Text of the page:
From the March 2018 issue of HealthCare Business News magazine
By Dr. Beth McCarville
At St. Jude Children’s Research Hospital, we recently treated a 10-year-old girl with recurrent acute myelogenous leukemia who had undergone a bone marrow transplant.
Shortly after the transplant, she developed hepatic-veno-occlusive disease, a condition in which some of the small veins in the liver are obstructed.
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She was treated with blood thinners, yet her liver function worsened. We performed color Doppler and 2-D spectral Doppler ultrasound of her liver to assess the blood flow. The examination revealed an absence of flow in the main portal vein, but it was unclear whether this was due to portal vein thrombosis (a blockage or narrowing of the portal vein by a blood clot) or venous stasis (a risk factor for forming blood clots in veins). Portal vein thrombosis would require delivery of tissue plasminogen activator (TPA) directly into the portal vein while venous stasis could be managed conservatively.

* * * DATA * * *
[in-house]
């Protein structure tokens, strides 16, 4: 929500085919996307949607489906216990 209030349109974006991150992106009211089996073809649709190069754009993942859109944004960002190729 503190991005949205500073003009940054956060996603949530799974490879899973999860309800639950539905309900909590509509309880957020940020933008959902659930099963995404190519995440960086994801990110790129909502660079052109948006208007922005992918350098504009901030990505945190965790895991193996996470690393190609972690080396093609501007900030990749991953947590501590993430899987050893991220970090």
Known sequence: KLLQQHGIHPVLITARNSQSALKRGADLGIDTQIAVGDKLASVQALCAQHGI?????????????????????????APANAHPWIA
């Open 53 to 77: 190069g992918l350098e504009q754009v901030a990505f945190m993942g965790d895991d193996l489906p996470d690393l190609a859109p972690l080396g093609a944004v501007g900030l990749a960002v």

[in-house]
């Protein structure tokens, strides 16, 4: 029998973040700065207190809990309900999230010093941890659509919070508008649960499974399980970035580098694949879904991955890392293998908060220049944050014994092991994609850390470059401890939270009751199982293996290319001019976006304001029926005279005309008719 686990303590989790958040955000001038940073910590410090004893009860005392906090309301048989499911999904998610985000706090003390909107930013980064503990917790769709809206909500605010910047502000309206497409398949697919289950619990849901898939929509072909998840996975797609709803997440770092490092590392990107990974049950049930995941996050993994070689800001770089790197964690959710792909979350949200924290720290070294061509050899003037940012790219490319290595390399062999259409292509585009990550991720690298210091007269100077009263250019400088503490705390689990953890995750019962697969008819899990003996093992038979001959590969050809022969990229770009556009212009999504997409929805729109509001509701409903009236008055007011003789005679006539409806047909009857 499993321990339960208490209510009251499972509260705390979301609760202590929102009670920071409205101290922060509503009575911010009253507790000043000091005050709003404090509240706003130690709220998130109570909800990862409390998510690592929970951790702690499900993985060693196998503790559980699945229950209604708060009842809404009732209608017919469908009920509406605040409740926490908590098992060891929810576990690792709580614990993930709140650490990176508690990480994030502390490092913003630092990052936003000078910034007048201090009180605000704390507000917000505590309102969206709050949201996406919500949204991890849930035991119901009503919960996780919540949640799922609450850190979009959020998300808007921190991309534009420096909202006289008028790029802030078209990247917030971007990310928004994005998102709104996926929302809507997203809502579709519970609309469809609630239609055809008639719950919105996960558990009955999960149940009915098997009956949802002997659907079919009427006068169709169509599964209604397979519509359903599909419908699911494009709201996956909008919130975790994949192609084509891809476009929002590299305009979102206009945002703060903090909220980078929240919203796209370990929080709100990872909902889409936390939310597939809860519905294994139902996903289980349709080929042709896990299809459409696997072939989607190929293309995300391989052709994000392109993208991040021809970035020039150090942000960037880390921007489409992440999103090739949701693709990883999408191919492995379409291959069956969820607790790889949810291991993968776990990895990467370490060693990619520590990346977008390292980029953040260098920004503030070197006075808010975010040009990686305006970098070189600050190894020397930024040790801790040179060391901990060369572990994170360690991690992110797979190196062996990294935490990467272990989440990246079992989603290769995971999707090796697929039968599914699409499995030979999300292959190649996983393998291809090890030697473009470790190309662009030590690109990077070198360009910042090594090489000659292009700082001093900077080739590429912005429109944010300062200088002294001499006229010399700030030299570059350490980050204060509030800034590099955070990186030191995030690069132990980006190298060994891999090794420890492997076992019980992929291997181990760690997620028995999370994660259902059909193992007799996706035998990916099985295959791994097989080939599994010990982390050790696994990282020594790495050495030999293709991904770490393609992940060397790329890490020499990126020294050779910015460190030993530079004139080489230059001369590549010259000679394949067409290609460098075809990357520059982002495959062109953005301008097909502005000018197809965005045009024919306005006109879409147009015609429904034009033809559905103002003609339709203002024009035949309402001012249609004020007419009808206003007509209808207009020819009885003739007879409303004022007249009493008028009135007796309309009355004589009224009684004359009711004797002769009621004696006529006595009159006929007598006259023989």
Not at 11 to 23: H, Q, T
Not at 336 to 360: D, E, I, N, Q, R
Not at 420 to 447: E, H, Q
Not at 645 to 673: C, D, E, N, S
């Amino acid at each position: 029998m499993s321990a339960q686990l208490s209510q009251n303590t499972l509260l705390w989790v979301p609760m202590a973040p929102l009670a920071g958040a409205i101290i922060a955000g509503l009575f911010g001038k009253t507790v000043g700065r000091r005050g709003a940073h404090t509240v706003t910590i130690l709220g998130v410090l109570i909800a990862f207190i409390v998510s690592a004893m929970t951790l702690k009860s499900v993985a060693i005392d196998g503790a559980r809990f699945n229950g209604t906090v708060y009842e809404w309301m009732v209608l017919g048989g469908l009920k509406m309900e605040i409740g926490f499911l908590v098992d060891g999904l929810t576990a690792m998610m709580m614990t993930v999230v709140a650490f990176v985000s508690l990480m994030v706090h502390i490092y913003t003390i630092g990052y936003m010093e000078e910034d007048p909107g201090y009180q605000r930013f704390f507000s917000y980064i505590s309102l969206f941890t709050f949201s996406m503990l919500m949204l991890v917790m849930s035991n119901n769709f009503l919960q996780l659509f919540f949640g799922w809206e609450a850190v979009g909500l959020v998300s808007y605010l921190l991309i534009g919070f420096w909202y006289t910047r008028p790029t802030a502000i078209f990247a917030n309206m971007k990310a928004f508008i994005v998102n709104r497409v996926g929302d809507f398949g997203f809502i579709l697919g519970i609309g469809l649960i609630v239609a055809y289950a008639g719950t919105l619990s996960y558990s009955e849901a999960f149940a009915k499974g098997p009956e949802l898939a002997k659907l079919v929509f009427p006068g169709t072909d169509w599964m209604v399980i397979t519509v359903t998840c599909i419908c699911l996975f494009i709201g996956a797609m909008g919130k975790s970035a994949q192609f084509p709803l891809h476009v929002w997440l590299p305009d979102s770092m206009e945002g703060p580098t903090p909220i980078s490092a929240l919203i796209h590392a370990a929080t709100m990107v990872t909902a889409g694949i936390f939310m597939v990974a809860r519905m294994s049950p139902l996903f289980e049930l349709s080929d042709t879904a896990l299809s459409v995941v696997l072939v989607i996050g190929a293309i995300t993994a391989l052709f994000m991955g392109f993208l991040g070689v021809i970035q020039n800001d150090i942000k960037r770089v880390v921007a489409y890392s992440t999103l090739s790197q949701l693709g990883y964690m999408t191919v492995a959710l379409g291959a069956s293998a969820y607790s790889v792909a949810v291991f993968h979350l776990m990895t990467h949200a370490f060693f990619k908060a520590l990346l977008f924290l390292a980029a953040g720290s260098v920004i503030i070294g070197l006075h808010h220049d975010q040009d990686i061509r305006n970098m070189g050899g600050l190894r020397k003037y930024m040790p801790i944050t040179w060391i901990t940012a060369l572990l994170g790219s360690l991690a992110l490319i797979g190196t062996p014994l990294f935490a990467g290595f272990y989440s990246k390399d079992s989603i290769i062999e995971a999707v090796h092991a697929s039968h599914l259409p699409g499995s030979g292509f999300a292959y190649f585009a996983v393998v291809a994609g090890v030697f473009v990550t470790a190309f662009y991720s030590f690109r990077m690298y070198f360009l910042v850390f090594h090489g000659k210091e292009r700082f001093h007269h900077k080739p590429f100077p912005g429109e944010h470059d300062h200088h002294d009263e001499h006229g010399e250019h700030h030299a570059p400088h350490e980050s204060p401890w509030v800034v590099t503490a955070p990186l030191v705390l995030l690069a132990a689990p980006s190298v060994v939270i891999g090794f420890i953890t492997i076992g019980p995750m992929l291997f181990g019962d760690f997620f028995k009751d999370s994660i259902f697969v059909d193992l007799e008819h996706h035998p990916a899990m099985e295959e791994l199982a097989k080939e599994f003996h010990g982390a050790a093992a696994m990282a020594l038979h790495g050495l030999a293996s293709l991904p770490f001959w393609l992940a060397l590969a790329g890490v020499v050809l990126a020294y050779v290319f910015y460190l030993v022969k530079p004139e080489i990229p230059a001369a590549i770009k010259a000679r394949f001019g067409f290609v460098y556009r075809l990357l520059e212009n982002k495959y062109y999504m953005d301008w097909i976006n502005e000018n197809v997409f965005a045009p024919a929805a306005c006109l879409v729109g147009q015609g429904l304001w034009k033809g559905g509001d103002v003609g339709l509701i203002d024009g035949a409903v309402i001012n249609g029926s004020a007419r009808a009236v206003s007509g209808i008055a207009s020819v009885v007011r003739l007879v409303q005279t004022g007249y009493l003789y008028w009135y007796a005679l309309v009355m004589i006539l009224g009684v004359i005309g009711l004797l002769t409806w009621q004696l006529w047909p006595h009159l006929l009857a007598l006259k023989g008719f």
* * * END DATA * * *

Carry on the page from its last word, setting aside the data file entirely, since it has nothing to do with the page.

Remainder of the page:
In this patient, intravascular TPA carried numerous associated risks and therefore, it was crucial to confirm the presence of thrombus. Because the patient had undergone myeloablation in preparation for bone marrow transplantation, she was thrombocytopenic, coagulopathic and at a high risk of bleeding from invasive procedures such as required for TPA administration.
Also, her transplant had induced renal insufficiency. Because of this, she was not a good candidate for any imaging procedure requiring the use of an iodinated intravenous contrast agent due to the potential for toxicity in the kidneys. Moreover, because she was in critical condition, she was not a good candidate for transport to the imaging department for MR angiography.
She was, however, an ideal candidate for contrast enhanced ultrasound (CEUS). Ultrasound contrast agents are not metabolized by the kidneys, so they can be safely administered to patients with renal insufficiency. Ultrasound is also a portable modality that can be easily transported outside of the radiology department.
We performed a CEUS exam at the patient’s bedside which clearly demonstrated reversal of flow in the main portal vein. In this case, CEUS answered a crucial clinical question while eliminating the need for a risky invasive procedure, avoided the potential nephrotoxicity from iodinated contrast administration, avoided exposing the patient to additional ionizing radiation and avoided transporting a critically ill patient out of the intensive care unit.